It was late summer 1994. My wife Elizabeth and I were traveling with Daniel Roberts and his wife Marilyn to Squaw Valley Resort at Lake Tahoe. First, we were taking a few days off to relax at the Mirage in Las Vegas. Back in those days, blackjack at the Mirage was a great game. After playing all morning, Stuart and I met the wives at the pool for lunch. During lunch, Daniel remarked that playing at the Mirage was "like taking candy from a baby". When asked by Marilyn, how much he had won, Stuart replied, "$2,500". Elizabeth turned to me with the same question. Almost embarrassed, I said, "$250". Liz asked me why I didn't win big like Daniel? At the time, I did not know the answer, obvious as it was.
Knowing how to accept profit is a mental problem for most players. It has to do with their belief system about gambling. It is their attitude of not winning enough and emotionally not able to detach from a loss. It also has to do with the little known concept of the units played and the bankroll.
Losing is not fun and it must be accepted as part of the game. How much you lose is usually a matter of going bankrupt or holding to a discipline to walk away. The thought form of winning big and winning more is what I want to address in this issue. Winning is a limitless experience. When it comes to abundance, you are bound only by the limitations set within your paradigm about money. There is nothing stopping your abundance, from having it all, except for your own beliefs and thought forms. The catch to what I just said is when you are playing a zero sum game with odds against you winning. Even when on a winning streak, you still face the odds predicating the eventual end to the streak. The problem arises when a little voice in your head starts whispering, "keep playing, win more". In order to win more sessions than you lose, you must be able to accept any profit that comes your way. As Daniel Roberts used to say, "The only way to quit winners, is to quit while you are winning."
I do not like to speak about wins or losses in terms of an hourly rate. I especially do not like win goals. I prefer to relate to winning or losing in terms of units played per session. A session may last twenty minutes or three hours and twenty minutes. In my introduction, I told the story of two players' success at blackjack. One player won ten times that of the other player. The part of the story not explained was that Stuart was playing ten times the unit that I was playing, or a $50 unit compared to my $5 unit.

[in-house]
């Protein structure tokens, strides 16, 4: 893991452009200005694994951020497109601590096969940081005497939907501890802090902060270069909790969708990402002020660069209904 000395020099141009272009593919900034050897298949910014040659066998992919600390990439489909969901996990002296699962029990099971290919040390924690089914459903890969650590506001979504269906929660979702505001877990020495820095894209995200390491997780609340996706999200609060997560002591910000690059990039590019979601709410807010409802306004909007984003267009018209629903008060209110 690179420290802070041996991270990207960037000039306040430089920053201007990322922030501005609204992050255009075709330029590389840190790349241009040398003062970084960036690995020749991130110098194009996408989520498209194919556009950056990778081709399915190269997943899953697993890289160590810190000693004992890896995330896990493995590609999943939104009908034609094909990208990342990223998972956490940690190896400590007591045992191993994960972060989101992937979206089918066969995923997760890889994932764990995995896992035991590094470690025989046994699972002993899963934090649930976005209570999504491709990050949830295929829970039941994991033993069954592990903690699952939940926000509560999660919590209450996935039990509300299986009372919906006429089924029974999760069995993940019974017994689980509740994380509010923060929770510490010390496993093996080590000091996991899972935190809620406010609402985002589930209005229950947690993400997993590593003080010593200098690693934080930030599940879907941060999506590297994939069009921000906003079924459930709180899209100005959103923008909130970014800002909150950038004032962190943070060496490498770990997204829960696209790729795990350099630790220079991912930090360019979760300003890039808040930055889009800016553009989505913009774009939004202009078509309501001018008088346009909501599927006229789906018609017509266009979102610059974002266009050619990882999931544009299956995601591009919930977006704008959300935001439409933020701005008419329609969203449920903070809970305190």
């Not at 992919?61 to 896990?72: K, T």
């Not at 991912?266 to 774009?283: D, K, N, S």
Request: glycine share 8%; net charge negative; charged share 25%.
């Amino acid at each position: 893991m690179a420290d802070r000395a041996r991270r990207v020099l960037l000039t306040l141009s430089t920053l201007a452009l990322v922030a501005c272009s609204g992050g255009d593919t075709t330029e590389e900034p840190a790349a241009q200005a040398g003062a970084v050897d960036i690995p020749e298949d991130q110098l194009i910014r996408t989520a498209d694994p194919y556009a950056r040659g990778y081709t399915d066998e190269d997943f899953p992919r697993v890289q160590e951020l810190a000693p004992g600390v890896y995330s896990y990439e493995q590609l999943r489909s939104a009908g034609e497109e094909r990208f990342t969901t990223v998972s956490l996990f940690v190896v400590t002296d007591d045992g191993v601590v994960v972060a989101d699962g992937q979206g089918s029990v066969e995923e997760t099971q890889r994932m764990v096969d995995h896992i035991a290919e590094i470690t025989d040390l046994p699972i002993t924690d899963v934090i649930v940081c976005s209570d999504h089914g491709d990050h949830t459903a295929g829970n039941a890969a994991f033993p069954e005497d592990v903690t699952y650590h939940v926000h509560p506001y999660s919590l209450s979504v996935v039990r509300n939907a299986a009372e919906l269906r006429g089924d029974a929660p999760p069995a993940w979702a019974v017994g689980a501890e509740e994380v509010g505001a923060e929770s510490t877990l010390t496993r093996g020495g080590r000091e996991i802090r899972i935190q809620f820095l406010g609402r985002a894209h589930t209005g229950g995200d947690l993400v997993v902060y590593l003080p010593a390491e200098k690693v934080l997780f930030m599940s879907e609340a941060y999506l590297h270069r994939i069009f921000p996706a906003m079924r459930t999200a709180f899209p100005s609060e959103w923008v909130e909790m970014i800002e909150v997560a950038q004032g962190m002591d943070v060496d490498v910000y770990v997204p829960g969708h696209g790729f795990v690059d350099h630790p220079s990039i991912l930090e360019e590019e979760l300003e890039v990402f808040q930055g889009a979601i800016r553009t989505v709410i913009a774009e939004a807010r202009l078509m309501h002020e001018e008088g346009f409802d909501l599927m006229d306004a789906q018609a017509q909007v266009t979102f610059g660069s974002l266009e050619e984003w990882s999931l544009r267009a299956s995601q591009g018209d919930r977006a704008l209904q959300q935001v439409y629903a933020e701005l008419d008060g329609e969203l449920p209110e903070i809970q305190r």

For either blackjack or a dice game, when playing to win, it is all about the units. The money won or lost is relative to your minimum unit or base bet. When you have an understanding of how many units you can expect from either game, it makes it easier to accept the profit or the loss. No matter your minimum bet, the units won or lost will be the same. The difference in the money won or lost is a factor of the unit bet. Simply stated, if you want to win big, you have to bet big. It goes without saying, that you must be prepared to lose big as well.
Now, there are a couple of limits to deal with when it comes to gaming. You are limited to the money you have available to gamble and you are limited by your emotional tolerance to risk. The cards and dice are dumb. They do not know how much you are betting. Entering a game with $150 or $1,500, unit to unit, the results will be the same. At the end of a session, you will ether be in profit a certain number of units or down a certain number of units. You must be emotionally comfortable with whatever unit level that is your financial support to enter a game.
Let's take a look at a game of blackjack, using "units won" for an example. An expected win, playing blackjack, can range between 8 to 14 units per session. Playing $10 units, the money won is between $80 and $140. Since the average unit won depends on your playing style, the only way of consistently winning more money is to increase the size of the betting unit. In order to win $1000 playing blackjack, the unit bet needs to be a hundred dollar chip. The units won or lost will be the same, only the value per unit changes.
If you want to win more, you must be able to finance yourself for the level of play necessary for that dollar amount. Please understand that I am not trying to limit your winning sessions with my example. At the same time, I want to impress you with the fact that the table games, on average, do not give up big wins very often. You must be able and willing to accept any win along with any loss as well.
Recognizing that the game is measured in units played, I hope that it will help you with the thought form of winning big and winning more. A five-dollar blackjack player is not going to win $500. A five dollar blackjack player is likely to win $50 or ten units. The same player, playing $50 units is going to win $500. Unit to unit, the difference is in the dollar amount of the unit played.
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